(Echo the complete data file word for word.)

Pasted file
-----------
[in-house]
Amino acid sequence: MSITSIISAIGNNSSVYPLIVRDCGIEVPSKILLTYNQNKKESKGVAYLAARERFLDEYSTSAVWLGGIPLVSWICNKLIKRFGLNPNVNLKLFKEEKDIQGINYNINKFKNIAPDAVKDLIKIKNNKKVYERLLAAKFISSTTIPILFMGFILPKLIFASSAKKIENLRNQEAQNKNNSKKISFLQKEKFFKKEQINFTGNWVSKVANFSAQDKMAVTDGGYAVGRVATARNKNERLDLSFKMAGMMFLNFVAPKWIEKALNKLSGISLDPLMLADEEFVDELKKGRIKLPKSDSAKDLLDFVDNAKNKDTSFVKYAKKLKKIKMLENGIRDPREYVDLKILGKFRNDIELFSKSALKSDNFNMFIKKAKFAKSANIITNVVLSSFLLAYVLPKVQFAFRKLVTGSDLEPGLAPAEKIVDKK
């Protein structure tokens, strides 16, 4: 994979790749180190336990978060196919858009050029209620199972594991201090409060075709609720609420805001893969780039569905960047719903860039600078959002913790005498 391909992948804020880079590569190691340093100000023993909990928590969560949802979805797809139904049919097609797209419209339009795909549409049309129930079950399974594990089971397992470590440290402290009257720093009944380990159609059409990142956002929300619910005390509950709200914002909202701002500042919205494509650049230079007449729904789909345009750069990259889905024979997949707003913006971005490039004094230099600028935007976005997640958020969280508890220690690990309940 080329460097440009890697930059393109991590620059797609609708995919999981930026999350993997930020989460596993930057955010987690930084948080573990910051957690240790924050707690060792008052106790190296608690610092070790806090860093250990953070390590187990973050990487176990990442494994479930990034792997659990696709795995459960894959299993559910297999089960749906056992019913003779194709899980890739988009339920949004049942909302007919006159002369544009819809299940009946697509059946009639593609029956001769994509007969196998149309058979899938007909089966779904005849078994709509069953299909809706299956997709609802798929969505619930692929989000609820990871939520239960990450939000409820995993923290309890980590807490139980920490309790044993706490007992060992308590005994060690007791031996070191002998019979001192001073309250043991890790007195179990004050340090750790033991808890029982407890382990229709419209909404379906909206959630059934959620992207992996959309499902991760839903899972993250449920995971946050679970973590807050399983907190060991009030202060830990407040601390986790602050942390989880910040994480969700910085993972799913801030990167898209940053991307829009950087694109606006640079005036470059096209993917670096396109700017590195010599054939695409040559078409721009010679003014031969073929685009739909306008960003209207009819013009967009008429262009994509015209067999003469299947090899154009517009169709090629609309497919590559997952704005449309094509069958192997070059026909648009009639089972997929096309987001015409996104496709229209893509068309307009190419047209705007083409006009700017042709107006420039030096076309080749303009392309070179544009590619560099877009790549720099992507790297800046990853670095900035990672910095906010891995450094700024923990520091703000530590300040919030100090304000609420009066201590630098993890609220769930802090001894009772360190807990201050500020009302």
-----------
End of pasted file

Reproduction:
[in-house]
Amino acid sequence: MSITSIISAIGNNSSVYPLIVRDCGIEVPSKILLTYNQNKKESKGVAYLAARERFLDEYSTSAVWLGGIPLVSWICNKLIKRFGLNPNVNLKLFKEEKDIQGINYNINKFKNIAPDAVKDLIKIKNNKKVYERLLAAKFISSTTIPILFMGFILPKLIFASSAKKIENLRNQEAQNKNNSKKISFLQKEKFFKKEQINFTGNWVSKVANFSAQDKMAVTDGGYAVGRVATARNKNERLDLSFKMAGMMFLNFVAPKWIEKALNKLSGISLDPLMLADEEFVDELKKGRIKLPKSDSAKDLLDFVDNAKNKDTSFVKYAKKLKKIKMLENGIRDPREYVDLKILGKFRNDIELFSKSALKSDNFNMFIKKAKFAKSANIITNVVLSSFLLAYVLPKVQFAFRKLVTGSDLEPGLAPAEKIVDKK
């Protein structure tokens, strides 16, 4: 994979790749180190336990978060196919858009050029209620199972594991201090409060075709609720609420805001893969780039569905960047719903860039600078959002913790005498 391909992948804020880079590569190691340093100000023993909990928590969560949802979805797809139904049919097609797209419209339009795909549409049309129930079950399974594990089971397992470590440290402290009257720093009944380990159609059409990142956002929300619910005390509950709200914002909202701002500042919205494509650049230079007449729904789909345009750069990259889905024979997949707003913006971005490039004094230099600028935007976005997640958020969280508890220690690990309940 080329460097440009890697930059393109991590620059797609609708995919999981930026999350993997930020989460596993930057955010987690930084948080573990910051957690240790924050707690060792008052106790190296608690610092070790806090860093250990953070390590187990973050990487176990990442494994479930990034792997659990696709795995459960894959299993559910297999089960749906056992019913003779194709899980890739988009339920949004049942909302007919006159002369544009819809299940009946697509059946009639593609029956001769994509007969196998149309058979899938007909089966779904005849078994709509069953299909809706299956997709609802798929969505619930692929989000609820990871939520239960990450939000409820995993923290309890980590807490139980920490309790044993706490007992060992308590005994060690007791031996070191002998019979001192001073309250043991890790007195179990004050340090750790033991808890029982407890382990229709419209909404379906909206959630059934959620992207992996959309499902991760839903899972993250449920995971946050679970973590807050399983907190060991009030202060830990407040601390986790602050942390989880910040994480969700910085993972799913801030990167898209940053991307829009950087694109606006640079005036470059096209993917670096396109700017590195010599054939695409040559078409721009010679003014031969073929685009739909306008960003209207009819013009967009008429262009994509015209067999003469299947090899154009517009169709090629609309497919590559997952704005449309094509069958192997070059026909648009009639089972997929096309987001015409996104496709229209893509068309307009190419047209705007083409006009700017042709107006420039030096076309080749303009392309070179544009590619560099877009790549720099992507790297800046990853670095900035990672910095906010891995450094700024923990520091703000530590300040919030100090304000609420009066201590630098993890609220769930802090001894009772360190807990201050500020009302």